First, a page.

May our daughters be able to say the same thing. And until they can, may we not allow their well-being to be another try-hard life we hold onto.

Q:  I would love to hear about how you balance "not wearing a mask" and not stepping on toes. I have struggled in sad seasons of life with being vulnerable because I don't want to offend someone else or make them uncomfortable. I guess my question is how do you decide when to be vulnerable and take off the mask and when to just be quiet? I pray about this often, but would also like to hear your thoughts. -- Brooke
A:  I've struggle with this one too, Brooke. 

You ask "How do you decide when to be vulnerable and take off the mask and when to just be quiet?" I will say this - the mask is your flesh, or those unique ways you get your needs met on your own and by yourself. So choosing to take off the mask (in other words, not live from your flesh) is ALWAYS the choice to make.

But taking off the mask does not therefore automatically mean you will share everything on your mind or heart. You may take off the mask and still remain quiet, or you may take off the mask and honestly share where you are coming from. Those two things are not mutually exclusive.

I will tell you this: I've had to come to a place where I know deep within the core of who I am that I am safe - regardless of the circumstance of life or the condition of my soul (mind, will, emotions). But that "knowing" doesn't come easy and often it doesn't come at all. But that is what it comes down to.

I think the question is also this: why are you speaking up in the first place? Is it so that they will meet some need you have and you have an expectation of them and if they don't live up, you will be hurt/disappointed/worse off? Is it just so you can "get something off your chest"? Is it just for the sake of being honest?

In the core of who you most deeply are, will you be okay no matter what their response is to you?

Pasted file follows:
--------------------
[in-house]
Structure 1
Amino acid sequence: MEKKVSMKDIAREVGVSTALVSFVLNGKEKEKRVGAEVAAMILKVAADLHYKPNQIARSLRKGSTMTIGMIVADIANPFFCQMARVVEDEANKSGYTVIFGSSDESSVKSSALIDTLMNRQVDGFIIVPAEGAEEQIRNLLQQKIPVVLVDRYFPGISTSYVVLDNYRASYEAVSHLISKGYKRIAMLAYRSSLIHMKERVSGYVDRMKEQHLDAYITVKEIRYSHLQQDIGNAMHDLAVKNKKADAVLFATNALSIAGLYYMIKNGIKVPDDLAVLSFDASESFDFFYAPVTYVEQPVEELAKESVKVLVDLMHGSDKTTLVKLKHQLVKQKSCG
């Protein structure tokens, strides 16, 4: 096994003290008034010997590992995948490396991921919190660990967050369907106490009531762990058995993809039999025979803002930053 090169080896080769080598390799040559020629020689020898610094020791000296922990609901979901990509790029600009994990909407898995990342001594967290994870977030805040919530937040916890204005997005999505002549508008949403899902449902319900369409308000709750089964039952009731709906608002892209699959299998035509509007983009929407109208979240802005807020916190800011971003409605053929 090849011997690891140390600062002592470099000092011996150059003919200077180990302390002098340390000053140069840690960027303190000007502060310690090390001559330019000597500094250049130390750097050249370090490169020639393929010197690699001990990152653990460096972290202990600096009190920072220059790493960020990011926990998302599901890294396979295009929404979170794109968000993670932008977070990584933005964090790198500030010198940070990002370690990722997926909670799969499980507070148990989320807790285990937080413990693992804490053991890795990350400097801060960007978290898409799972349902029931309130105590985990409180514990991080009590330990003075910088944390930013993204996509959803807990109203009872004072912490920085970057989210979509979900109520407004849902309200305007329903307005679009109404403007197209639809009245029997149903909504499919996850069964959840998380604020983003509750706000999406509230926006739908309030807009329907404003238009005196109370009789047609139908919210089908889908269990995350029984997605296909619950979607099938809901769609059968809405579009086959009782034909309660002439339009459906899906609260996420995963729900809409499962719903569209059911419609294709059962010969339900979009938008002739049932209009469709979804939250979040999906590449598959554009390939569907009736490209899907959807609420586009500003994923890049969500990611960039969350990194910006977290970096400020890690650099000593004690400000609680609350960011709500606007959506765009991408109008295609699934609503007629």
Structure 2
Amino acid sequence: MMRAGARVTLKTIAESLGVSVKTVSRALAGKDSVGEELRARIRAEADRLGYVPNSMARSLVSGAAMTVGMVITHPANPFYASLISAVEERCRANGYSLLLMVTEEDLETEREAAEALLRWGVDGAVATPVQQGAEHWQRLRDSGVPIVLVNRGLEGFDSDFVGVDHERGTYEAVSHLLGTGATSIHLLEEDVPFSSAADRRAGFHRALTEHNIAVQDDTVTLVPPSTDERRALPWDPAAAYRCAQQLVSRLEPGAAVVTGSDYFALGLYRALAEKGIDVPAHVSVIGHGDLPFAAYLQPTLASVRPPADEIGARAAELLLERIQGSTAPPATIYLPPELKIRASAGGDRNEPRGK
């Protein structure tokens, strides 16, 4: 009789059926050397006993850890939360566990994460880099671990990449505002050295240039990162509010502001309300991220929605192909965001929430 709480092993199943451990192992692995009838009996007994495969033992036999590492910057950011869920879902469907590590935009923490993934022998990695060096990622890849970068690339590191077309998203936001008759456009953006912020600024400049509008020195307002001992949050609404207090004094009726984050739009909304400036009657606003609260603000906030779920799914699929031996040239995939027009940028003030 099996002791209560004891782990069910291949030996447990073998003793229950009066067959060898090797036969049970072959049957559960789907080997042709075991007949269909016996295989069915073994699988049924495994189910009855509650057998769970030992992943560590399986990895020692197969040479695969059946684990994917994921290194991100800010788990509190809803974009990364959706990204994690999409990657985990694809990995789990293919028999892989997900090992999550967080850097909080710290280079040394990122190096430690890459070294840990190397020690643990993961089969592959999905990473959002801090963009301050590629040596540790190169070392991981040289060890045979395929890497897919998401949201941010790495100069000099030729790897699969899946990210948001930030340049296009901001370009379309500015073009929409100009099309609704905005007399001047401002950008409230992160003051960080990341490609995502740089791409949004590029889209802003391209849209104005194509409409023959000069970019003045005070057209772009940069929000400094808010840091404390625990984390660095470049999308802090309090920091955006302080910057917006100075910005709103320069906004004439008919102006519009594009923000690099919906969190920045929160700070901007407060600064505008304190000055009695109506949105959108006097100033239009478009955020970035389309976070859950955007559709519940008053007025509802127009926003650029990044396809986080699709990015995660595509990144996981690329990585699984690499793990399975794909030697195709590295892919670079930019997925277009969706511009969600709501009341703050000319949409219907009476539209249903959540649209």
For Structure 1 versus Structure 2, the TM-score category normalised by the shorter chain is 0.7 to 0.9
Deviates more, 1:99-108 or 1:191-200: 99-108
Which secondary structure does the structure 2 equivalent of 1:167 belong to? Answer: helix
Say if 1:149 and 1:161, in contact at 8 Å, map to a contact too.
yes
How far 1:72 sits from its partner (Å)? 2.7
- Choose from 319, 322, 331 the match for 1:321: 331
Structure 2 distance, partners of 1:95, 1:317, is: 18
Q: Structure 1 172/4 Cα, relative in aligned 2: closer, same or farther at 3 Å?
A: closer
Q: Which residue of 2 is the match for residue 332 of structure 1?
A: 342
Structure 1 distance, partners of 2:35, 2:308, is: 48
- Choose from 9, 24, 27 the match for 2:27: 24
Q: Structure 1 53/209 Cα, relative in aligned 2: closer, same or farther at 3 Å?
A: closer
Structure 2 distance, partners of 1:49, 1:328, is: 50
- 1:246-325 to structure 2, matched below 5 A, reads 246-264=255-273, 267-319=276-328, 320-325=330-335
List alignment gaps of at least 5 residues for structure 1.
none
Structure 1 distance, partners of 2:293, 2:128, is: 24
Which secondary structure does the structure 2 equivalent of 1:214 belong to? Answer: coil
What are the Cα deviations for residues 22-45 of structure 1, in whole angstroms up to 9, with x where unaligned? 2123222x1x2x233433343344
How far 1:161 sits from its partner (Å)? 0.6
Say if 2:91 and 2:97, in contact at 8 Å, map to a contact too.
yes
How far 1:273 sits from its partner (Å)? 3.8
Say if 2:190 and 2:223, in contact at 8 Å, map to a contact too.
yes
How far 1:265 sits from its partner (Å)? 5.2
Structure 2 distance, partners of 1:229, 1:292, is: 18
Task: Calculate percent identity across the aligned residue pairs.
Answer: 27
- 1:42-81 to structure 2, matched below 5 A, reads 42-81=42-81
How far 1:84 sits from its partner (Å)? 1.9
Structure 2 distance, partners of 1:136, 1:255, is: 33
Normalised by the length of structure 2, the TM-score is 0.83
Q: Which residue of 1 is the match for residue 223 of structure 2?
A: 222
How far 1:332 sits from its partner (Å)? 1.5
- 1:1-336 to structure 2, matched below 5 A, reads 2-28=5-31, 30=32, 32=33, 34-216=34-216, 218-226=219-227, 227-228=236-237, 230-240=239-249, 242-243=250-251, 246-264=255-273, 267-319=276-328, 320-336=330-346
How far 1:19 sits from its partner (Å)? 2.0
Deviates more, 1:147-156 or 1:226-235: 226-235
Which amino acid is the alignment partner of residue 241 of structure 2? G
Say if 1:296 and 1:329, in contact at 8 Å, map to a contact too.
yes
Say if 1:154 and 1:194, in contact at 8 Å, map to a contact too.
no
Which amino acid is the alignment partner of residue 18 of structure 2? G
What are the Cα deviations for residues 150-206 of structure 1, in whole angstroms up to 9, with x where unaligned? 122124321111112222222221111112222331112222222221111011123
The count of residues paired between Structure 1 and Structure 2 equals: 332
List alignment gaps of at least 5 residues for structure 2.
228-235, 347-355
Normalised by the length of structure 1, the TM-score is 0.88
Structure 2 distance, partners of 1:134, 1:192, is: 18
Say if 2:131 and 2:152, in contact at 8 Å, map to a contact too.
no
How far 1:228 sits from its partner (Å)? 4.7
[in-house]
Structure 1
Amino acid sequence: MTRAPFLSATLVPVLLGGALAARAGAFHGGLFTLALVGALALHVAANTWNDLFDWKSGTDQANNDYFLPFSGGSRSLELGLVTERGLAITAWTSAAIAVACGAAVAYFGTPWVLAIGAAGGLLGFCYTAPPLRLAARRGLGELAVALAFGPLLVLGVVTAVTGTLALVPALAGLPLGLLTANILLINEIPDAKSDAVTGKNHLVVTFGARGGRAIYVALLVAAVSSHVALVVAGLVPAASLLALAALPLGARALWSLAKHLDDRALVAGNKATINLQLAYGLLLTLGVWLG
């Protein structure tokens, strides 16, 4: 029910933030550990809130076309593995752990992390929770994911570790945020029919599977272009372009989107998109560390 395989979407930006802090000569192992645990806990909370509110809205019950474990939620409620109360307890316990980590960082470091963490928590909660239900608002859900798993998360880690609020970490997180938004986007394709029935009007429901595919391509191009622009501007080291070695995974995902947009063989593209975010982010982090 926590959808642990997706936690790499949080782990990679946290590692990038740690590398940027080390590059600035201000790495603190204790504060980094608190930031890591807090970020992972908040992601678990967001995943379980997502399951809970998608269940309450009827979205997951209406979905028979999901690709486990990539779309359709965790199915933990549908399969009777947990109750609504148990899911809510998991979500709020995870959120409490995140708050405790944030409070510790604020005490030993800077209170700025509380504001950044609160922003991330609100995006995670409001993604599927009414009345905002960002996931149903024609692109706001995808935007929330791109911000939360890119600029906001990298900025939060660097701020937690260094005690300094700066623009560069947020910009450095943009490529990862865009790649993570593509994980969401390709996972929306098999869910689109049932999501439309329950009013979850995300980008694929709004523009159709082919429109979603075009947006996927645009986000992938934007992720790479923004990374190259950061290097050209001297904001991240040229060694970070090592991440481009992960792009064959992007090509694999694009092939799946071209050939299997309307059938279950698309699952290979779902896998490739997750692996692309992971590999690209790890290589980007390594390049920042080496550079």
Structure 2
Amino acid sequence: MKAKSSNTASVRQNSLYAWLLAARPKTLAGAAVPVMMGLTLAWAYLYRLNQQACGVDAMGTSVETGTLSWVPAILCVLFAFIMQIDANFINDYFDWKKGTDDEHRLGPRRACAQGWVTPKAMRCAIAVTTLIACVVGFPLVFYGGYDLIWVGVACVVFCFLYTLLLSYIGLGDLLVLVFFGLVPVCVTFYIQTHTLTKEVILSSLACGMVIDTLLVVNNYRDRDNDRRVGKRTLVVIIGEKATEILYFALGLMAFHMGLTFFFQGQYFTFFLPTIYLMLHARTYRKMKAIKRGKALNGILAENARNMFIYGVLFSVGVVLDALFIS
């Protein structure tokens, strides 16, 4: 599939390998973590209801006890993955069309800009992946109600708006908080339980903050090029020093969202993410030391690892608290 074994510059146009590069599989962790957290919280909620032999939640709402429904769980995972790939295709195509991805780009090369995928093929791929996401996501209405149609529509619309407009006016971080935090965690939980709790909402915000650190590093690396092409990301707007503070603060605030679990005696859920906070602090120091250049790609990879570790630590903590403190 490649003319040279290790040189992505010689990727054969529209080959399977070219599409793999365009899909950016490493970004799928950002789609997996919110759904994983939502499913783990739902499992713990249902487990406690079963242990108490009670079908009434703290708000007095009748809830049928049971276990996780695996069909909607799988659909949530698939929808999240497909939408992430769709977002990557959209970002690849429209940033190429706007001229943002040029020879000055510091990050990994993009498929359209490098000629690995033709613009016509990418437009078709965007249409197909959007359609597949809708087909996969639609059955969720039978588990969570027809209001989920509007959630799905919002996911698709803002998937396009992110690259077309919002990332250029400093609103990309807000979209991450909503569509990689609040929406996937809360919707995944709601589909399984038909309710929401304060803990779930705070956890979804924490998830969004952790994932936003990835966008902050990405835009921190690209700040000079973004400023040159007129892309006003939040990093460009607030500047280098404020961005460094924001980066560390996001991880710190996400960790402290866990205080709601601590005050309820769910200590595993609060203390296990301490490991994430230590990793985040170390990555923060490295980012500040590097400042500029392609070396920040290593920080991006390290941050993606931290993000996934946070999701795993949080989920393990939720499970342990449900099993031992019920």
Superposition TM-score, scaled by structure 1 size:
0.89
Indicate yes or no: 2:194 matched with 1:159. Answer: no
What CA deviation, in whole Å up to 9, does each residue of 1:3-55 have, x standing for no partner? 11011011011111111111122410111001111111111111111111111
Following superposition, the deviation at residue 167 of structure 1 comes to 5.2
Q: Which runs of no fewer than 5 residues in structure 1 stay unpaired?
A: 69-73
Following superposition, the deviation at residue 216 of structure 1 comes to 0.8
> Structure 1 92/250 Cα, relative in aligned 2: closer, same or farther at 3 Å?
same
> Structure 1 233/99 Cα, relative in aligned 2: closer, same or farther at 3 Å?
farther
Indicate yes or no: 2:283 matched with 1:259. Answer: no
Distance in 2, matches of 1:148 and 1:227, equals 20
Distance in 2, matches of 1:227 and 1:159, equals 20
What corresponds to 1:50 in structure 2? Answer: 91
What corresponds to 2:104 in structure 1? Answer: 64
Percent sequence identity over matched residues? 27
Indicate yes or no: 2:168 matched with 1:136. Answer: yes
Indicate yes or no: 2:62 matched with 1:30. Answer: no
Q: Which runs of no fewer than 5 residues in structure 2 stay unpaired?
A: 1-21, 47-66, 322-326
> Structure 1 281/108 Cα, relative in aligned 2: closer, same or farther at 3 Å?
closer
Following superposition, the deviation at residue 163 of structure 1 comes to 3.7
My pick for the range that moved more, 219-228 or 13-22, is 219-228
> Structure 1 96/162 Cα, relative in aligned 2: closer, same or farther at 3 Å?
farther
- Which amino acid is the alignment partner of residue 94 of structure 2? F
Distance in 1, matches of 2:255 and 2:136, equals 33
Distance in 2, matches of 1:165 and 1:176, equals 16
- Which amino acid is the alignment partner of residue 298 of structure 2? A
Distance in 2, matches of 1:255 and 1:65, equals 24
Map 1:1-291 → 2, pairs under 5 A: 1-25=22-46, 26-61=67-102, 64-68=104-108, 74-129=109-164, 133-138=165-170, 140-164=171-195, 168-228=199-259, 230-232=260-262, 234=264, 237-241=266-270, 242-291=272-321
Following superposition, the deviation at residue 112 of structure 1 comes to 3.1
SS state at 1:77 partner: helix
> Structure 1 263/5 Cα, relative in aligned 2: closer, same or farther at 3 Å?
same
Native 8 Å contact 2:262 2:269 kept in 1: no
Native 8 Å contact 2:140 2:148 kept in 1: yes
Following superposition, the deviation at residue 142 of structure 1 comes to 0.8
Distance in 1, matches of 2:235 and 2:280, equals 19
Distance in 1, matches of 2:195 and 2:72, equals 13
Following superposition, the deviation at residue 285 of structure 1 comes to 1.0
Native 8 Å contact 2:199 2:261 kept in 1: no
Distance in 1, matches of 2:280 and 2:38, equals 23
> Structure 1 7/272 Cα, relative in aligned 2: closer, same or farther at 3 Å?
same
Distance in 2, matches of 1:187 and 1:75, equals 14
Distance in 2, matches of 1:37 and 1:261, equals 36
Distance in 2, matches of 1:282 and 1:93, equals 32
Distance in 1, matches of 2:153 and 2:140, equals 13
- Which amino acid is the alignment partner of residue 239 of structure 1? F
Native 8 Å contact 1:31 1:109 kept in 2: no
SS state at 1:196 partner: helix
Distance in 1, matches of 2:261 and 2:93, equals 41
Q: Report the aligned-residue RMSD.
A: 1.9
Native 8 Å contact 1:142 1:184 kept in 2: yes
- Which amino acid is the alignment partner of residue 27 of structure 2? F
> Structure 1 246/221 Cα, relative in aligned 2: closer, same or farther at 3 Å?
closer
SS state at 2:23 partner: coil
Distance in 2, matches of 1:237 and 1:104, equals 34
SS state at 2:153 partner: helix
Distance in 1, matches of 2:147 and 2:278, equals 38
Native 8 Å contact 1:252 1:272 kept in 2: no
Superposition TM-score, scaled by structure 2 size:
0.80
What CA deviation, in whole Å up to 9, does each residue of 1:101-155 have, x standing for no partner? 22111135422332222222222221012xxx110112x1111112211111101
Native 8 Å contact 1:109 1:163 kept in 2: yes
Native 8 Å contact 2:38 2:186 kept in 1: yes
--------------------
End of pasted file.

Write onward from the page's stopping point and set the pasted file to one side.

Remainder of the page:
I don't think you can balance not wearing a mask with not stepping on toes. Sometimes what needs to be said will step on toes. But "not stepping on toes" is not your highest goal. Your highest goal is the glory of God - and the way he reveals his glory through us is how we relate to one another in relationships.

Jesus stepped on a lot of toes. But it wasn't just for the sake of being honest. It was always for the well being of those whom he loved.

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Good GOOD stuff!  Am I right?  Thank you Emily for taking the time to answer these questions and for so much more! {find more Q&A here}

If y'all have never checked out Emily's blog, Chatting at the Sky, I urge you to -- you'll find a blog heave on inspiration and low on fuss. Add it to your reader. 

You can also check out Emily here: 


  1. i haven't even read the book yet... ( did buy it though!) and I have already been so inspired by these answers, by the questions, by all the other posts on thesamepage link. looooove it. love it. love it. Thank you.

  2. Thank you, thank you, Emily! It's so thoughtful of you to take the time to answer our questions.

  3. If you really think the answers here were inspring you MUST read the book. It is so amazing! Start now! ;-)
    In Love

  4. If you really think the answers here were inspring you MUST read the book. It is so amazing! Start now! ;-)
    In Love